In part because of the need to focus popular anger at North Korea China has eased up on its “hate Japan” campaign, which encouraged local hotheads to be openly nasty about Japan and sometimes physical with Japanese owned companies in China and even visiting Japanese. The government knows it can easily turn this hate on again (to deflect criticism of local bad behavior like corruption or unpopular government policies) because of some seemingly endless self-destructive and impossible-to-change bad behavior of the Japanese. This ensures that the Japanese never have close allies in the region. A recent example of this was the recent creation of a U.S., Japan and South Korea Trilateral Information Sharing Agreement meant to better counter North Korean aggression. This agreement was meant to be much more but there are still major problems with Japanese and South Korean cooperation. Despite the threat both countries face from North Korea (and China) such cooperation has been impossible to achieve. South Korea has turned down all Japanese proposals that both nations coordinate military policy against common enemies (China and North Korea). Such cooperation is still very unpopular in South Korea because of continued anger over 40 years of brutal Japanese occupation early in the 20th century. The Japanese consider these South Korean attitudes self-destructive as it wallows in the past at the expense of dealing with current and future threats. Yet Japan continues to ignore the fact that its post-World War II policy (documented in decrypted Japanese diplomatic messages sent out right after the Japanese surrender in August 15, 1945) of claiming to be a victim in World War II and guilty only of trying to liberate all Asians from Western oppression is the main obstacle locally. That “Japan as victim” view was never very popular with Japan’s neighbors, who saw Japan as no better (and often a lot worse) than Western imperialists. To the countries of East Asia Japan compounds these historical sins by continuing to insist that Japan is innocent of any wrongdoing. This makes it more difficult to unite to deal with threats from North Korea and China, but the Japanese show no signs of changing their attitude.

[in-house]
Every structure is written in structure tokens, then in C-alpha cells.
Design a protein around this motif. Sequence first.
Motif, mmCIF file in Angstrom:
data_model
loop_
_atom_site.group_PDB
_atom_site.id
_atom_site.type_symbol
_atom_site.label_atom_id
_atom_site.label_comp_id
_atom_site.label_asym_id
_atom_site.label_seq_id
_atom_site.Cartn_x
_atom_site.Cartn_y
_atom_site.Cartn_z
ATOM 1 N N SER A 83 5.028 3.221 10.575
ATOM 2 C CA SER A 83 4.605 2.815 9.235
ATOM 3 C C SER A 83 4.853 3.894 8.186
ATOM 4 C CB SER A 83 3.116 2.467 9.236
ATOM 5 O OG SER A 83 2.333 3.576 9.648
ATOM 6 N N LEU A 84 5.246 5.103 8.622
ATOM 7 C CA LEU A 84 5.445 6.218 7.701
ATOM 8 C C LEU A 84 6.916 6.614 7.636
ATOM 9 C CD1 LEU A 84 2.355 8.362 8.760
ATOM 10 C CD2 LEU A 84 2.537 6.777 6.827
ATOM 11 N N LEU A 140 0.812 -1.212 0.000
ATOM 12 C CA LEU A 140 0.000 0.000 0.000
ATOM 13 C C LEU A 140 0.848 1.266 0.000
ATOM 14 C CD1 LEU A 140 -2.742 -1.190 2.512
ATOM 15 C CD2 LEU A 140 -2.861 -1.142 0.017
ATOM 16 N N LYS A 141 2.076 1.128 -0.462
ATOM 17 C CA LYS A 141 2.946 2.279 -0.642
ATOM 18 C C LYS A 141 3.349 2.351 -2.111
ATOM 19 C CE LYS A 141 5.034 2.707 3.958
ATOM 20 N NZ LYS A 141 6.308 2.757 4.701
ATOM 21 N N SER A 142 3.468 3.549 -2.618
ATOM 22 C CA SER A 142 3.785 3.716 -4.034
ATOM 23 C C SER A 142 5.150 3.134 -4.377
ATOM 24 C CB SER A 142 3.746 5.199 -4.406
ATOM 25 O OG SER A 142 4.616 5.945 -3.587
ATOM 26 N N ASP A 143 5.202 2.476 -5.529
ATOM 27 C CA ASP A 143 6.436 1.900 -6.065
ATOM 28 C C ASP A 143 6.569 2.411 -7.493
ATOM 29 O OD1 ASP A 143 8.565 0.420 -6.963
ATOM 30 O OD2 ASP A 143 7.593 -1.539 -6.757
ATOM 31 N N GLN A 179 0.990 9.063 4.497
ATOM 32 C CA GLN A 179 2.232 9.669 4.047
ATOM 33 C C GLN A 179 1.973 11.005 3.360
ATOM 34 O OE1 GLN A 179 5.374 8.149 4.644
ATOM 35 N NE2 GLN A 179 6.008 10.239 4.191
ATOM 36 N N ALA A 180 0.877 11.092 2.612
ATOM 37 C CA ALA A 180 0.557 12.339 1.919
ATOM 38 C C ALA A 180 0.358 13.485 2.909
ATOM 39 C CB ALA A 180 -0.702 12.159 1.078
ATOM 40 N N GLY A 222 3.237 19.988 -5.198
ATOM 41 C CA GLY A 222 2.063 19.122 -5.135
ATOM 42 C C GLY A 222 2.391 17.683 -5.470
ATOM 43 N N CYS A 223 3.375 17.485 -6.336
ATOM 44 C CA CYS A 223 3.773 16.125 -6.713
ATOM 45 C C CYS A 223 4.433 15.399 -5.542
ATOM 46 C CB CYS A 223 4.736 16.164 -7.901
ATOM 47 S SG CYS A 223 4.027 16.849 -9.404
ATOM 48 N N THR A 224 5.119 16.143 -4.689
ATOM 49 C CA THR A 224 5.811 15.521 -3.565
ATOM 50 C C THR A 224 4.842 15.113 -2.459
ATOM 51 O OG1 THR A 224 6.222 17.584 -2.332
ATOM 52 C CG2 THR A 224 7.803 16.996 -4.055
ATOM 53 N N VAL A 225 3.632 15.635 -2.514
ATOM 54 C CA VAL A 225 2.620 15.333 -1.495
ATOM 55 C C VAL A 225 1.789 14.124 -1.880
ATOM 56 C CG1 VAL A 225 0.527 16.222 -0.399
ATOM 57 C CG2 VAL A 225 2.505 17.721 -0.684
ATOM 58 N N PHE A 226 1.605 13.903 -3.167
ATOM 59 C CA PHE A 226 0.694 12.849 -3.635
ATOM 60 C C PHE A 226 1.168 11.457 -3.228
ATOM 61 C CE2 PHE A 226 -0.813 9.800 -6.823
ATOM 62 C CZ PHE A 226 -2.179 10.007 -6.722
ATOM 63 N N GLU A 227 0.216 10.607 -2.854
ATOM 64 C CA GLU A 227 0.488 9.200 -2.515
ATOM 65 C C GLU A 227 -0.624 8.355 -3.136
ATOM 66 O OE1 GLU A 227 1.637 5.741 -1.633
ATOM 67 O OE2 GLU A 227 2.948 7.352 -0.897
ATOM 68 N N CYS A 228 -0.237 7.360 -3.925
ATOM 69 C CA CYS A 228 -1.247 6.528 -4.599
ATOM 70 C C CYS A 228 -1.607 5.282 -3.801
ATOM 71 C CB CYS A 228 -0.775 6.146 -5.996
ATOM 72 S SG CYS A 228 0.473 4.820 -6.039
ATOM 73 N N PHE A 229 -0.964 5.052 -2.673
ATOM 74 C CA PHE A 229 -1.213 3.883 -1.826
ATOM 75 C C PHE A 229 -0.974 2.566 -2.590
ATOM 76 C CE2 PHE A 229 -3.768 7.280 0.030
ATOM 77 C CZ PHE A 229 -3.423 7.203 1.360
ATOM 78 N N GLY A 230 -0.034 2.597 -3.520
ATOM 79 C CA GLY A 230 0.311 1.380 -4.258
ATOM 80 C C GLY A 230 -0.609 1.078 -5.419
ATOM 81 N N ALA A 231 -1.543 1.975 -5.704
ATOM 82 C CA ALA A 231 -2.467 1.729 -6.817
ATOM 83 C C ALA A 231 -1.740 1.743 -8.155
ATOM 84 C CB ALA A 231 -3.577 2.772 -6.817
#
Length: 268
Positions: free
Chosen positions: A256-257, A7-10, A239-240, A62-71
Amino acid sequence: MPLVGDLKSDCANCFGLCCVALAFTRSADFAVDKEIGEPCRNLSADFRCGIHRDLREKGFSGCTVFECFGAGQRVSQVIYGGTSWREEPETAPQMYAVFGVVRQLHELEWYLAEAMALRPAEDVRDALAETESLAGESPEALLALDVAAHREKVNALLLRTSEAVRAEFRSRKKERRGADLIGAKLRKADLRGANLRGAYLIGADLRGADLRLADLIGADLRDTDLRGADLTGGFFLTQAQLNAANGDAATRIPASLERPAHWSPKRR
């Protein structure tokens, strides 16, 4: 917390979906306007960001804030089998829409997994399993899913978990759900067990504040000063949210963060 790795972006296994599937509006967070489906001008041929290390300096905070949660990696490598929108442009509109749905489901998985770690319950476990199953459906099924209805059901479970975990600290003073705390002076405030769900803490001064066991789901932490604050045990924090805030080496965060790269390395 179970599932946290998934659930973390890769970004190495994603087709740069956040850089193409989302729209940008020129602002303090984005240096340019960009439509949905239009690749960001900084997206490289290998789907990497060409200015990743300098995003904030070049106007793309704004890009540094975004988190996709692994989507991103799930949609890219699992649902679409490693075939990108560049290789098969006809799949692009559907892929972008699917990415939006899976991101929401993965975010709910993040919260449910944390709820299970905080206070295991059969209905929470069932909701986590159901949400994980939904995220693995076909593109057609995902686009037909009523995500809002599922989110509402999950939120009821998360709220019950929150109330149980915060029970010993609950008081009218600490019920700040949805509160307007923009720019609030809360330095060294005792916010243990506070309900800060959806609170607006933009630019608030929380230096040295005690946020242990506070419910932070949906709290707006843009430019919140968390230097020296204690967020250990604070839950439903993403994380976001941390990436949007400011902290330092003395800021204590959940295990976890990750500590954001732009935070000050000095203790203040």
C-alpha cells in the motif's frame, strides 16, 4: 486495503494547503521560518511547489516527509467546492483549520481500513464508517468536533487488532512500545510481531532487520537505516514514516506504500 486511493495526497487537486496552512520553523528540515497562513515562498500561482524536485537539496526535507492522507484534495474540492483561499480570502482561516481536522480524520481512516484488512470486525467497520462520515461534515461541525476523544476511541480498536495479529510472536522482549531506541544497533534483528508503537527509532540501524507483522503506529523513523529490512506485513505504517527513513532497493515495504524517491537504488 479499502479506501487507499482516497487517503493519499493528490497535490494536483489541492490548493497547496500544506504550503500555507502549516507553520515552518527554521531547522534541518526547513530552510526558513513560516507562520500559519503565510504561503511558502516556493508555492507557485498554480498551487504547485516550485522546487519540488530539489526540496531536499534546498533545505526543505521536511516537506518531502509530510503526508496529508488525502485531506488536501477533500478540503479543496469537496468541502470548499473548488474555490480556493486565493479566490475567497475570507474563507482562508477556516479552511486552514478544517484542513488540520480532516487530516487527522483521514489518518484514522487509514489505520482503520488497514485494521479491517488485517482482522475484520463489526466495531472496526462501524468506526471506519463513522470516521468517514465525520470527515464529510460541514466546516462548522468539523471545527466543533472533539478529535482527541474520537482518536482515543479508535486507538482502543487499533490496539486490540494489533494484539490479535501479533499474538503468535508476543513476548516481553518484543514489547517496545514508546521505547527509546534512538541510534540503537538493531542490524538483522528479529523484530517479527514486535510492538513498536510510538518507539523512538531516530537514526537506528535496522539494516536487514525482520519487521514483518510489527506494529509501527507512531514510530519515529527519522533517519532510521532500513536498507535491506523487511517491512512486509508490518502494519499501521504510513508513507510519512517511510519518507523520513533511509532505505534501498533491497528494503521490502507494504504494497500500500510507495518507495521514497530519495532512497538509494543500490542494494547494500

Although Hong Kong police finally ended the eleven weeks of pro-democracy demonstrators in December the protestors have not gone away they have just changed tactics. Now they use unexpected “flash mobs” (rapidly organized, via cell phones, mass gatherings) in public areas to quietly disrupt tourist attractions, high-priced shopping areas and government administration. The last major pro-democracy effort was in 1989 in Beijing and did not end well, in part because the government eventually called in the army and slaughtered thousands of people to clear the streets. While the memory of this use of force, and decades of subsequent suppression, kept the pro-democracy advocates quiet (but not completely silent) Hong Kong was a special case because for over a century Hong Kong was ruled by the British and was returned to Chinese control in 1999 to fulfil the treaty by which Britain controlled the city. The people in Hong Kong are Chinese, but they have different attitudes. The government was angry and frustrated at their inability to suppress demands for more democracy in Hong Kong. The government has made it very clear that there will never be true democracy in Hong Kong but the locals refuse to stop agitating for just that. Currently China controls who can be allowed to run for office in Hong Kong and directly appoints many officials. Government controlled media condemned the persistent street demonstrations but Hong Kong does have enough autonomy to get away with this sort of protest, and many others besides. As long as there is no violence the government tolerates it. China does not want to endure the domestic and international backlash that would accompany a severe (anything from deadly violence to just sending large numbers of activists to jail and some “disappearances”) crackdown on the pro-democracy movement. For one thing, it would be bad for business. But more democracy would be bad for the communist government, which would lose power in a democracy. Most people in Hong Kong, and a growing number in the rest of China, believe that democracy should be given a chance. These Chinese have noted how so many Western ideas have benefitted China, often after some modifications to suit local needs. Why not democracy as well? After all, it works in Chinese countries like Taiwan and Singapore. To the Chinese government this is very dangerous thinking. Despite many calls within the senior Chinese leadership for “decisive action” (violent suppression) to eliminate the problem before it spreads outside of Hong Kong the Hong Kong officials remained patient and generally non-violent. The local government noted that many residents of Hong Kong were growing tired and frustrated at the months of disruptions caused by the demonstrations. To the government this was a sign that the protestors were losing popular support and would eventually lose so much support that the protests would dwindle and disappear. The police and local officials believed that time was on their side and the police were right, for the moment. But now these flash demonstrations are happening, reminding the leadership in Hong Kong and Beijing that the problem did not go away.